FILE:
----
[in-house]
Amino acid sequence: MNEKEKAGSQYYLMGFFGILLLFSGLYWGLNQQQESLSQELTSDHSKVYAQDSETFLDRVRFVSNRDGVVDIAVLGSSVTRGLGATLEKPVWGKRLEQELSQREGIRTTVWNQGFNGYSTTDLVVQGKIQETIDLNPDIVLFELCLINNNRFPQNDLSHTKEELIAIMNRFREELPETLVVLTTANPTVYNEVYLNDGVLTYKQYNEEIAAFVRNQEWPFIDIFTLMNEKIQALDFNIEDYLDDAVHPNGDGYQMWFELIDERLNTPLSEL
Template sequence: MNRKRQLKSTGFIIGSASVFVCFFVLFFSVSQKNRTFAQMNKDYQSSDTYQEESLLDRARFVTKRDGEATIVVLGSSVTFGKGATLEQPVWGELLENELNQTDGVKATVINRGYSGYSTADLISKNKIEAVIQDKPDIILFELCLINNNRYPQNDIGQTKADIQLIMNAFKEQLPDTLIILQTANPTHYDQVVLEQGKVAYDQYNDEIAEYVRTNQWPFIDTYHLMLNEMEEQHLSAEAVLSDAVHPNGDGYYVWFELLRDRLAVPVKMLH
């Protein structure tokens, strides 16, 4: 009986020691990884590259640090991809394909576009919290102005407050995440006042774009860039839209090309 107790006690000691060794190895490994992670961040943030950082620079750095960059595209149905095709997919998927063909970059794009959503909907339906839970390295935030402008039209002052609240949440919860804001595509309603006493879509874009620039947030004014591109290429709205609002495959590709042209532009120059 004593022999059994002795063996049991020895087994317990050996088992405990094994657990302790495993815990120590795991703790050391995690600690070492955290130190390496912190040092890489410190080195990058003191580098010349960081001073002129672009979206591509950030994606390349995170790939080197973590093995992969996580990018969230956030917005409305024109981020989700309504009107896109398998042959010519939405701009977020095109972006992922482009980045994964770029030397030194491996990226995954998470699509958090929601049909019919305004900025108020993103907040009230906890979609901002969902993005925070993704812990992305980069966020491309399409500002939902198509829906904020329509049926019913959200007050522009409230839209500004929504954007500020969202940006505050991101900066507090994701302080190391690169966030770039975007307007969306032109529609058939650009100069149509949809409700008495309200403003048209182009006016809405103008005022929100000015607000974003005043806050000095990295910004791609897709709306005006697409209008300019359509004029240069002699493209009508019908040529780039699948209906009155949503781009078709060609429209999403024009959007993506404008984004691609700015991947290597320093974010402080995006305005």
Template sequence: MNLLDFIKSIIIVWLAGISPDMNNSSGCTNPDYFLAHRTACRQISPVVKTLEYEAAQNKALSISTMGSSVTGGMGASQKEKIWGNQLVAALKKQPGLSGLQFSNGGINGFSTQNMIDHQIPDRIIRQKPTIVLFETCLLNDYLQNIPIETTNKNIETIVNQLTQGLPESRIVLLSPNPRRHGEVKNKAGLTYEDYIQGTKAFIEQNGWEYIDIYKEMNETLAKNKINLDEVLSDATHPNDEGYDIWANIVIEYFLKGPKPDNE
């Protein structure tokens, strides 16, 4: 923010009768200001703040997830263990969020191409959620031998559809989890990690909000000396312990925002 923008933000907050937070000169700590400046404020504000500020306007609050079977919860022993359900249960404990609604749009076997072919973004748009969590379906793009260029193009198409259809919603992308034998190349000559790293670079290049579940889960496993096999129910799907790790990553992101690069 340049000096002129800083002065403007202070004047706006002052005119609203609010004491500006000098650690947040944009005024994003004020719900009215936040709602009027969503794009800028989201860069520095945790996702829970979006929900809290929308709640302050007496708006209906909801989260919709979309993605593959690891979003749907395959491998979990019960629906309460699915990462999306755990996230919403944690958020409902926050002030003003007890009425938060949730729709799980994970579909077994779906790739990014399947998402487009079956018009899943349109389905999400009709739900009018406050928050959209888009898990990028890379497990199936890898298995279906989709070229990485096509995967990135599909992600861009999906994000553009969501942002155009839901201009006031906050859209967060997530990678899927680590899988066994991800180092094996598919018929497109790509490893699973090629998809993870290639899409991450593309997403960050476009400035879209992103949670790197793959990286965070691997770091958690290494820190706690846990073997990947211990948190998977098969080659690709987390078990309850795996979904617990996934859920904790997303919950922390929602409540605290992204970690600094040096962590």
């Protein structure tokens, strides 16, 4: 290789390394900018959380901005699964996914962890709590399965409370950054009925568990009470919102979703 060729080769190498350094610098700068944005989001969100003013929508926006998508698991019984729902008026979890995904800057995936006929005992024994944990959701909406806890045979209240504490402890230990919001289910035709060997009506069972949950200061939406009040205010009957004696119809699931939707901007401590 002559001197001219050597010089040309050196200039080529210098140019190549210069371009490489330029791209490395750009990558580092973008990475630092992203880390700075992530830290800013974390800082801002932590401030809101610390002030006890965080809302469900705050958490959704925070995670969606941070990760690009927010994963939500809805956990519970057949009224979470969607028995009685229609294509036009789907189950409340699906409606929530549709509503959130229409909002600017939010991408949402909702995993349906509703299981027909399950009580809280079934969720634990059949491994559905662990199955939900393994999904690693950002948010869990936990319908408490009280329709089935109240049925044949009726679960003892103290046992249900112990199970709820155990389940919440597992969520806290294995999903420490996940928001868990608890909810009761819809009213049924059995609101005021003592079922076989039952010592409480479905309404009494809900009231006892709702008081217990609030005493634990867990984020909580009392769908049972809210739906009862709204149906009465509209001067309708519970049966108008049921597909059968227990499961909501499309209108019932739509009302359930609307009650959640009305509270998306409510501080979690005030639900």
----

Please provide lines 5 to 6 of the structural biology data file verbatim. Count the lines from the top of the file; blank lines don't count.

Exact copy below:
Template sequence: MNLLDFIKSIIIVWLAGISPDMNNSSGCTNPDYFLAHRTACRQISPVVKTLEYEAAQNKALSISTMGSSVTGGMGASQKEKIWGNQLVAALKKQPGLSGLQFSNGGINGFSTQNMIDHQIPDRIIRQKPTIVLFETCLLNDYLQNIPIETTNKNIETIVNQLTQGLPESRIVLLSPNPRRHGEVKNKAGLTYEDYIQGTKAFIEQNGWEYIDIYKEMNETLAKNKINLDEVLSDATHPNDEGYDIWANIVIEYFLKGPKPDNE
């Protein structure tokens, strides 16, 4: 923010009768200001703040997830263990969020191409959620031998559809989890990690909000000396312990925002 923008933000907050937070000169700590400046404020504000500020306007609050079977919860022993359900249960404990609604749009076997072919973004748009969590379906793009260029193009198409259809919603992308034998190349000559790293670079290049579940889960496993096999129910799907790790990553992101690069 340049000096002129800083002065403007202070004047706006002052005119609203609010004491500006000098650690947040944009005024994003004020719900009215936040709602009027969503794009800028989201860069520095945790996702829970979006929900809290929308709640302050007496708006209906909801989260919709979309993605593959690891979003749907395959491998979990019960629906309460699915990462999306755990996230919403944690958020409902926050002030003003007890009425938060949730729709799980994970579909077994779906790739990014399947998402487009079956018009899943349109389905999400009709739900009018406050928050959209888009898990990028890379497990199936890898298995279906989709070229990485096509995967990135599909992600861009999906994000553009969501942002155009839901201009006031906050859209967060997530990678899927680590899988066994991800180092094996598919018929497109790509490893699973090629998809993870290639899409991450593309997403960050476009400035879209992103949670790197793959990286965070691997770091958690290494820190706690846990073997990947211990948190998977098969080659690709987390078990309850795996979904617990996934859920904790997303919950922390929602409540605290992204970690600094040096962590």